When I was a child, I used to always have a sandwich and a piece of fruit for my lunch at school. I learned early on to eat the fruit FIRST, otherwise I would feel ravenous. I am now a 45-year-old adult who has struggled with eating disorders (anorexia and binge eating) since my teen years--and I am still trying to figure out how fruit fits in the mix! I think it increases my hunger dramatically--this probably sounds strange, but somehow, I can feel more satisfied with a smaller amount of something that is more intensely sweet than fruit than with a huge quantity of fruit. I don't know if that makes sense or not. I have recently tried adding some fruit back into my diet--but I don't think it is working for me. I didn't really miss it when I didn't have it (how can you really miss something that causes you problems?) but tried it because others urged me to do so--sometimes we know our bodies better than "others."
I imagine you have either listened to or read work by Robert Lustig MD. There is a video available, but this written article explains his position on fructose. http://www.ucsf.edu/science-cafe/articles/obesity-and-metabolic-syndrome-driven-by-fructose-sugar-diet/
Possibly some people are more sensitive to fructose than others for some reason.
I myself can have a handful of fresh raspberries from our garden without becoming ravenous.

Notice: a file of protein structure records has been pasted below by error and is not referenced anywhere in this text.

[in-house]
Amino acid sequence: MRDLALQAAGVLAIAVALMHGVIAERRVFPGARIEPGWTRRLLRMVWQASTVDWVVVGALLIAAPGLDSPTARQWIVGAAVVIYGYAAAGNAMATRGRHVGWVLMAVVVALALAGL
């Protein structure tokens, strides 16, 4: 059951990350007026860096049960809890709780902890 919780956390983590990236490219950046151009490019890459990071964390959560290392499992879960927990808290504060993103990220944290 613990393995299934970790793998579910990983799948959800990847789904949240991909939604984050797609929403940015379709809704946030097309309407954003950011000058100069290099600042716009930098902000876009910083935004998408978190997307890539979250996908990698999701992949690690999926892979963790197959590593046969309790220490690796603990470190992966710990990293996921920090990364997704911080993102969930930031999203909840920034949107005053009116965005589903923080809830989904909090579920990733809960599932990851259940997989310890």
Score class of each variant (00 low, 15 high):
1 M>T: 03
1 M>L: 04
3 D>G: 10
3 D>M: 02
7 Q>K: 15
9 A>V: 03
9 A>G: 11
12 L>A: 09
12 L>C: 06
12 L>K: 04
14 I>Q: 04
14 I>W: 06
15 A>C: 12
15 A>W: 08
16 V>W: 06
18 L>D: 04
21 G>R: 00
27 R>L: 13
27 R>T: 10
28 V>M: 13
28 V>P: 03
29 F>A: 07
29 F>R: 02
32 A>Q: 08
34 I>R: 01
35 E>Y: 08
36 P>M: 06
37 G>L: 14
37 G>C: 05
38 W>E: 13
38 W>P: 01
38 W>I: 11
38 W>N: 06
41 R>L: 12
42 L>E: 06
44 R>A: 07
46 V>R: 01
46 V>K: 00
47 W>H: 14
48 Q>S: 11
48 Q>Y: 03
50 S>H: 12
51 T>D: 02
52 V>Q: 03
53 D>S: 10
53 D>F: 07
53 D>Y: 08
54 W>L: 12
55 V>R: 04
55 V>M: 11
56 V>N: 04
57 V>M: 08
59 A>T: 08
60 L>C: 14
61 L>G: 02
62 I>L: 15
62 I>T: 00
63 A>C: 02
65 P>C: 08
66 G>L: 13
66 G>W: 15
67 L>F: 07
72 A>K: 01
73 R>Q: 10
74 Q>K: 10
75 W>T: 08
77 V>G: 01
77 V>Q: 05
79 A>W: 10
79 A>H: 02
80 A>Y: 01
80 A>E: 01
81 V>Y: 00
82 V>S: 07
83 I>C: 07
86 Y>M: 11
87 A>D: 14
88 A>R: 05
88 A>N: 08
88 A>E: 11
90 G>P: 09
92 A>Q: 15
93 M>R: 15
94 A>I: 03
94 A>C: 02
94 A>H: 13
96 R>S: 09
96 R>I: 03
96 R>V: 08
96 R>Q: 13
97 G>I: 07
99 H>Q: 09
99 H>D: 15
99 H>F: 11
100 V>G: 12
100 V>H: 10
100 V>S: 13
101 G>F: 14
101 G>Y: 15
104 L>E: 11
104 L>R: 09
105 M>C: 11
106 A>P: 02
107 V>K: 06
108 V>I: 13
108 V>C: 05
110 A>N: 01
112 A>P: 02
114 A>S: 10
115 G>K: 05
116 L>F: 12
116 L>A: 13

Fruit or fruit juice alone doesn't bother me, but if I cheat with any sugary gluten product (sucrose is 50% fructose), like cake or cookies, I'll have serious carb cravings for several hours. Everyone's metabolism is slightly different, and there are psychological overlays on your physiology.
Certain carbs make me ravenous. Some fruit does this, some doesn't -- I mostly eat berries (I live near an organic berry farm, hard to resist this time of year), and they don't cause trouble. Starches are much worse, though -- something like white rice is brutal. One of my sons had an addiction to a particular brand of wheat crackers for awhile -- he could (and did) eat scary quantities in a sitting. I always understood it to be an insulin-related effect, but I may be misremembering Taubes.
I actually find fruit to be satiating.
On the other hand I find refined sugar products like candy, cookies and donuts, to be quite addictive. I think it might just be that we're conditioned to have attachments to that kind of junk food.
I am more likely to think that if the cause of the binge is physical, it's not what you're putting in that causing you to be voracious, but what you're NOT putting in. A lack of fiber or protein. A vitamin and mineral deficiency.
I don't think sugar is the reason behind binges, because people don't just binge on sugar. There are also high-fat foods that people binge on. Someone's problem food may be high in fat, or high in sugar.
I think it really is about eating whole foods instead of processed food most of the time. But just because they're whole foods doesn't mean you can't binge on them. There is still a need for self-control, diet doesn't automatically solve food addiction issues.